Supreme Court to Address Availability of Lost Profit Damages in Willful Patent Infringement Occurring Outside of the U.S.

Section 271(f) Combinations at Issue

The U.S. Supreme Court recently agreed to hear an important patent case concerning the standard for willful infringement and the availability of lost profit damages for combinations occurring outside of the United States.

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The Court granted petitioner WesternGeco LLC’s (“WesternGeco”) writ of certiorari on January 12, 2018 in WesternGeco LLC v. Ion Geophysical Corp., No. 16-1011, to decide the question of whether the Federal Circuit Court of Appeals (the “CAFC”) erred in holding that lost profits arising from prohibited combinations occurring outside of the U.S. are categorically unavailable in cases where patent infringement is proven under 35 U.S.C. §271(f).

By statute, patent owners who prove infringement are entitled to “damages adequate to compensate for the infringement, but in no event less than a reasonable royalty for the use made of the invention by the infringer.” 35 U.S.C. §284.  What damages are “adequate to compensate for the infringement” depends on the application of general tort principles to the facts of each case and can include lost profits in appropriate cases.  Section 284 applies to damages for infringement under 35 U.S.C. §271(f), wherein Congress defined new acts of patent infringement: Whoever, with the requisite mental state, exports components of a patented invention from the United States for combination “outside of the United States in a manner that would infringe the patent if such combination occurred within the United States,” “shall be liable as an infringer.” 35 U.S.C. §271(f) (emphasis added).  In enacting §271(f), Congress treated a specific action within the United States (exporting from the United States with the intent to combine abroad) as sufficient to impose liability, knowing that the combination and ultimate use would occur abroad.

In WesternGeco, the jury found respondent/defendant Ion Geophysical Corp. (“Ion”) liable for infringement, and awarded damages, with a $12.5 million royalty component and a $93.4 million lost profits component.  The jury also concluded that Ion’s infringement was willful.  However, while the district court upheld the verdict, the court did not find “objective” willfulness under the CAFC’s governing standard at that time, which was before the decision by the Supreme Court in Halo Electronics, Inc. v. Pulse Electronics, Inc., 136 S. Ct. 1923 (2016), which modified the standard for finding “willful” infringement.  Under the prior standard, a finding of “willful” infringement required satisfaction of both an “objective” and a “subjective” prong of willfulness.  The matter was appealed to the CAFC and a panel majority held that the jury’s award of lost profits – approximately $93 million of the $106 million award – must be reversed. WesternGeco petitioned for certiorari, which the Supreme Court granted and issued a “GVR” order, remanding the matter to the CAFC to reconsider in light of the high court’s ruling in Halo.  On remand, the CAFC panel majority vacated the district court’s judgment solely as to the denial of enhanced damages and remanded that limited issue “for further proceedings consistent with this opinion and with the Supreme Court’s decision in Halo.”  In all other respects, the Federal Circuit “reinstate[d] [its] earlier opinion and judgment,” including as to lost-profit damages.  Petitioner WesternGeco thereafter petitioned the Supreme Court yet again for a writ of certiorari, which the court granted.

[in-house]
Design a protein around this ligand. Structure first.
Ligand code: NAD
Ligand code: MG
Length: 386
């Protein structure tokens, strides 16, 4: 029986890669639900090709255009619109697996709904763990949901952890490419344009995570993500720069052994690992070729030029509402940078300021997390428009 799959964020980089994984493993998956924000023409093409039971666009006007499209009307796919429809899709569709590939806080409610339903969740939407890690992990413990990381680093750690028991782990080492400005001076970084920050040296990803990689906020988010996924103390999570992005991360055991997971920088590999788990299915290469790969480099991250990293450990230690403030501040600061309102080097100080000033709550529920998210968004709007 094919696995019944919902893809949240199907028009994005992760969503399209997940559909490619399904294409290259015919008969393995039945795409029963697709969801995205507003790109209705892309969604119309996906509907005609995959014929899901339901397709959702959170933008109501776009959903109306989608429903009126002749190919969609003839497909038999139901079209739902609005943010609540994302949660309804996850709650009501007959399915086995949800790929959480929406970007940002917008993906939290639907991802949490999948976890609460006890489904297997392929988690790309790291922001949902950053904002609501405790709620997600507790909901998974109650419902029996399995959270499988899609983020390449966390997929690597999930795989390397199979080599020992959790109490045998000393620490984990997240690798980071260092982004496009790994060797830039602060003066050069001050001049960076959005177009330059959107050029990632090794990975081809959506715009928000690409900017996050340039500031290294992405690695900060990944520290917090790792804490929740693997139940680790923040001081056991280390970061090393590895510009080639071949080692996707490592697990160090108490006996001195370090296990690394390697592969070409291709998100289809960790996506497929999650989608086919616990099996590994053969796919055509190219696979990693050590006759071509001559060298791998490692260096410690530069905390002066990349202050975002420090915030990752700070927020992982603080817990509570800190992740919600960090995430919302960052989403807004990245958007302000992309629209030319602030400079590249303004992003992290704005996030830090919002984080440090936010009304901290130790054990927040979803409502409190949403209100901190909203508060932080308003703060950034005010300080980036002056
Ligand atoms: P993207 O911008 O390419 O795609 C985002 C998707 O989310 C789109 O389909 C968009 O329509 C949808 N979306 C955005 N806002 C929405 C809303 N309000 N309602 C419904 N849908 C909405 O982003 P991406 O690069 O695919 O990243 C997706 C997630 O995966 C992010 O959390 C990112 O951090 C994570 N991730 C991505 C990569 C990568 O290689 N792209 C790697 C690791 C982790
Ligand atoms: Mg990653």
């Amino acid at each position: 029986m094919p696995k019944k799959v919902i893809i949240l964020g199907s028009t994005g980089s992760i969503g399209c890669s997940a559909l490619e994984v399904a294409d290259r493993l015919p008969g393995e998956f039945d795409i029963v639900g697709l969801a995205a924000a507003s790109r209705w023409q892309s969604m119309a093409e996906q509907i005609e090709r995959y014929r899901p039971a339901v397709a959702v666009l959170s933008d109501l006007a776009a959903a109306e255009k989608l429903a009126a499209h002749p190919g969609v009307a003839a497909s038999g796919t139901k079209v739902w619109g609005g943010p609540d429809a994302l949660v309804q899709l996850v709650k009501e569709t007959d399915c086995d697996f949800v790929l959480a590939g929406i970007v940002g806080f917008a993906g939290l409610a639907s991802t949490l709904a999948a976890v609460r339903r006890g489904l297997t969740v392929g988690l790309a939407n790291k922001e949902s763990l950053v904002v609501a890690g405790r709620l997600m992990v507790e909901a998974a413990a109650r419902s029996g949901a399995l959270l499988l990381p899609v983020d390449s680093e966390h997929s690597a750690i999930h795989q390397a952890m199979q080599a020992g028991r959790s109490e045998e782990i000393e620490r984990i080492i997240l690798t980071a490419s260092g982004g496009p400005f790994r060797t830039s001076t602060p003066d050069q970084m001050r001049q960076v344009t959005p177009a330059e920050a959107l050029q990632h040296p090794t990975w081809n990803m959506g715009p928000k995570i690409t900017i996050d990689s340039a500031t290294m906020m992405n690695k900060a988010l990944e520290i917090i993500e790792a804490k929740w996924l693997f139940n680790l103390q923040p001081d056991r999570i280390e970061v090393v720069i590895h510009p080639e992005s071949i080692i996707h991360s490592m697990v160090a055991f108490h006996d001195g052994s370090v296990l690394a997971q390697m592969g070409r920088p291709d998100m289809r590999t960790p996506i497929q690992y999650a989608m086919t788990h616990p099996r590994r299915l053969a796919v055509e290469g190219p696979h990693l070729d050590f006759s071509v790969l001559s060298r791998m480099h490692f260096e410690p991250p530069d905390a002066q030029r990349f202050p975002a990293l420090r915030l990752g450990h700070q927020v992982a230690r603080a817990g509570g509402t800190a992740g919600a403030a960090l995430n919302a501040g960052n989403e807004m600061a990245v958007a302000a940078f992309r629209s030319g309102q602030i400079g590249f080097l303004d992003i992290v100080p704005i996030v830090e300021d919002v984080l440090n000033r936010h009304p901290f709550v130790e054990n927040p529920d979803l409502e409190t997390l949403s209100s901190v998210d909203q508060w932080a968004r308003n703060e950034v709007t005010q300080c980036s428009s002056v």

While the U.S. Supreme Court essentially eliminated the “objective” prong for determining “willful” infringement – a bar that was virtually impossible to establish – in the Halo matter, the impact of the Court’s prior ruling with respect to extraterritorial infringement will now be considered. As argued by WesternGeco in its petition, with respect to Section 271(f), the CAFC erroneously required that the presumption against extraterritoriality must be applied twice: the presumption must be applied first to determine what conduct subjects a defendant to liability, and then again to limit remedies once liability is established.  As argued by WesternGeco, the plain text of Section 271(f) does not make that requirement and the CAFC imposed an unduly rigid bar to recovery for acts of willful infringement arising under Section 271(f).

The case has yet to be briefed before the Supreme Court. Oral argument has not been scheduled.  A ruling is expected from the Court before it recesses in June of this year.

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